HPLX.NET FAQs: Networking FAQ
The 200LX Networking FAQ
Section 1. Networking fundamentals: what is all this, anyway?
Section 2. Hardware: what do I need to buy?
Section 3. Software: what can you do with it?
Section 4. Troubleshooting
1.1. What is networking?
In this document, the term "network" will refer to a connection between
two computers, the 200LX and a "desktop" computer. This is an
"Ethernet" connection. It resembles a direct connection via a serial or
parallel port (something you might accomplish with LapLink) except
that it requires a special adapter board, has different cabling, and is much
1.2. What does the term "Ethernet" mean?
It refers to the physical way the network is wired, as well as the
protocols used to transmit data over those wires. Other network types
include "ARCnet" or "Token Ring." Most
networks nowadays use the Ethernet standard, and use the 10BASET
(ten-base-tee) wiring scheme. In this scheme, twisted-pair wiring is run
from each computer on the network to a central hub, which links all of
the computers together. "Twisted pair" cabling is similar to telephone
wire, but with eight wires instead of four. (The wires are grouped into
four pairs, and each pair consists of two wires twisted around each other
-- hence the name "twisted pair.") Each end of a twisted pair cable has an
RJ-45 connector on it, which looks like a larger version of a telephone
1.3. So what good is Ethernet on the 200LX, anyway?
Perhaps most important, you can run backups. This is not as important
for palmtops with small internal RAM drives, because the software
needed to run effective backups will take up proportionally more room,
and besides, a small flash card will do the job nicely and be more
portable and probably less expensive. If you have NO money, you can
still do a serial port backup to your hard drive in a relatively short
amount of time. However, for larger palmtop RAM drives, such as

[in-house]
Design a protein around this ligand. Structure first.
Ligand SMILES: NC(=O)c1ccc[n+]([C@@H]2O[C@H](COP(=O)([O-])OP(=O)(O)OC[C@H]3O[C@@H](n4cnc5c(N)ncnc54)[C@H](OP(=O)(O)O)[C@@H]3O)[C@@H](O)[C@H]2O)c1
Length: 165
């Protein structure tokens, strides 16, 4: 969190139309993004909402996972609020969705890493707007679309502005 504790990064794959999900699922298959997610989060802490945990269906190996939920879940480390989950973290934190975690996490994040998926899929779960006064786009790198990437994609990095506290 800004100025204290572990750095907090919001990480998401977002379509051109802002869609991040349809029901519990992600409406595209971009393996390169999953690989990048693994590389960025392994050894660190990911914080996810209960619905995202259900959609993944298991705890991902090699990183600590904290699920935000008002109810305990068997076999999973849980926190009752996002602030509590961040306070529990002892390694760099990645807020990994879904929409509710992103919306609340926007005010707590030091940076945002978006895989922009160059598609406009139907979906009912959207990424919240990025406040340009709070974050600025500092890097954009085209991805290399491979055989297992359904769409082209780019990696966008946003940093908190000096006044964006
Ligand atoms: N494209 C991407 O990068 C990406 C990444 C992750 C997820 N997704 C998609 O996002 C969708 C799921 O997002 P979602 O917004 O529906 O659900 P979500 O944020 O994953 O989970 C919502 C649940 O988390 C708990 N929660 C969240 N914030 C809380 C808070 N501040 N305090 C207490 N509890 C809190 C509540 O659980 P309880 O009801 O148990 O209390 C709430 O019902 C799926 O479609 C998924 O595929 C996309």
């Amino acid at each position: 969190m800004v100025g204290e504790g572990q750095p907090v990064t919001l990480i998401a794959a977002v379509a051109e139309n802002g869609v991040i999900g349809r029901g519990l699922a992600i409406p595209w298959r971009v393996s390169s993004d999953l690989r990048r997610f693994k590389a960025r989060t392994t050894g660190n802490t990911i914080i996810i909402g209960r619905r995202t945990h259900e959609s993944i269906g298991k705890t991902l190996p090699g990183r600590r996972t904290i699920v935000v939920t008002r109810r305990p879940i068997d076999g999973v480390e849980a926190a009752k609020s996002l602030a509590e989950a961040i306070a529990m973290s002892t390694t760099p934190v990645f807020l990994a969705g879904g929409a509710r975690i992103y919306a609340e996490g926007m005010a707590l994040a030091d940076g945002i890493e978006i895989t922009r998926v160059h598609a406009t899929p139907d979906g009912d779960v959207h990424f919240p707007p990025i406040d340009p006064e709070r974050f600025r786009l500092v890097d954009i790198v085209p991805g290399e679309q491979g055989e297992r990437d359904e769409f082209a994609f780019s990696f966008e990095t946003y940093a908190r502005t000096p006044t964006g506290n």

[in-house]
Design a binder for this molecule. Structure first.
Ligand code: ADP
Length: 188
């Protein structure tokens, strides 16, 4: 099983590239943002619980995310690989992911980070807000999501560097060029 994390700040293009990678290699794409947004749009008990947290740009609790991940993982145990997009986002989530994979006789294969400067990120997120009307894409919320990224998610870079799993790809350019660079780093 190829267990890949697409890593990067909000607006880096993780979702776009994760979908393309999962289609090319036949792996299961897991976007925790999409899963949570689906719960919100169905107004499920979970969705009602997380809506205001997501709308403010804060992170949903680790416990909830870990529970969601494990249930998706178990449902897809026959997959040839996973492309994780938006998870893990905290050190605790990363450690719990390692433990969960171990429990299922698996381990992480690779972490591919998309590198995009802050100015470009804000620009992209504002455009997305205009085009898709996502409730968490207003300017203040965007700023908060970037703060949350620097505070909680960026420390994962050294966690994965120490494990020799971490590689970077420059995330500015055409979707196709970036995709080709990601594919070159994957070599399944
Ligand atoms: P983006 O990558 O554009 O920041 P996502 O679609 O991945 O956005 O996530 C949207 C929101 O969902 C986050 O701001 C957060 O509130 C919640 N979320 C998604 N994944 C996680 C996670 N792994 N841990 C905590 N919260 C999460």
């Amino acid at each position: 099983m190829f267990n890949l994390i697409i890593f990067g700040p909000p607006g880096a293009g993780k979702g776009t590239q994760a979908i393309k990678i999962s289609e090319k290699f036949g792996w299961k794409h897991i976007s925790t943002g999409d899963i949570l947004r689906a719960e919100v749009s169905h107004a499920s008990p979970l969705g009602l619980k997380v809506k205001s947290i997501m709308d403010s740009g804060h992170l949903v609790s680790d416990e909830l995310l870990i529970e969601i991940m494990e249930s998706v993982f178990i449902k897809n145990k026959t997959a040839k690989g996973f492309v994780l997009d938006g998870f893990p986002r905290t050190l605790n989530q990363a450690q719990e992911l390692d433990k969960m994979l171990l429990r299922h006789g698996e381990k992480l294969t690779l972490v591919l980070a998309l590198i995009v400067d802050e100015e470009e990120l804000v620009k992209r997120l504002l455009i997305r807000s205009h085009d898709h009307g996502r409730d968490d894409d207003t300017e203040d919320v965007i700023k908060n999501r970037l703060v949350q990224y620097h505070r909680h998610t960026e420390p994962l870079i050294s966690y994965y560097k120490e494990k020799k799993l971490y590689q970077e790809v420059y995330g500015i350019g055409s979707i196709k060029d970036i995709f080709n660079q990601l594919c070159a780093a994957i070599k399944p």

32MB, the backup problem becomes critical. A flash card big enough to
hold all of the data on your RAM drive is fairly expensive, and who
wants to waste 32MB of flash card? Serial port backups are way too
slow for a full 32MB backup. This is where the Ethernet card shines. It
is relatively inexpensive compared to a flash card, and yet allows high-
But backups are only one of the many applications of palmtop Ethernet!
What you can do depends largely on what software you can run, and is
covered more fully in section 3. For now, suffice it to say that you can
run remote applications, print to other printers, communicate via e-mail,
run network diagnostics, and... well, pretty much any reason you'd wish
to be connected to another computer in the first place!
1.4. What are the advantages/disadvantages of Ethernet over using a
modem in the 200LX?
The advantages of using an Ethernet connection over a modem
connection are that it is much faster (on the order of twenty times as
fast), it takes up less power than a modem. The
disadvantages are that you need special hardware; you cannot make an
Ethernet connection over a regular phone line.
Additionally, the distance between you and the computer you are
communicating with must be fairly short-- a few hundred feet at most.
(Unless, of course, your remote computer is hooked up to another
network with a longer range, such as the Internet, and can redirect you.
In that manner, you can go around the world via Ethernet. However,
direct computer-to- computer connections are fairly limited in distance.)
All things considered, comparing a modem connection with an Ethernet
connection is like comparing apples and oranges. Each has its own use.
1.5. What are the advantages/disadvantages of Ethernet over using a
direct serial or parallel cable connection in the 200LX?
Serial connections are often used with programs like LapLink to transfer
files from desktop to palmtop, or vice-versa. It's a simple matter to buy
a cable and set up some file transfer software so you can copy things to
and from your 200LX.
Most every desktop PC has a serial port you can hook up your cable to,
so the serial connection is probably the most common. The
disadvantage here is that it's the slowest type of connection; the best you
can do is 115,000 bps, which translates to roughly 10K per second (and
that's if you're extremely lucky).
Parallel connections on the palmtop are much rarer, because the 200LX
has no parallel port built in. There are at least two parallel port cards
that work in the 200LX, the better of which seems to the be Transdigital
card. With one of these, it is possible to connect (via LapLink or
InterSvr or other connection software) and do transfers at speeds from
2-5 times faster than a serial connection. Not bad at all, but still not as
fast as we'd like.
Ethernet connections are the fastest of the bunch, with a theoretical
maximum of 10Mbps (bits per second, not bytes), or roughly eighty
times faster than a serial connection, and seventeen times faster than a
parallel connection. Real conditions will yield less speed than this, but it
is still extremely fast. On the palmtop, measured speed is around 100KB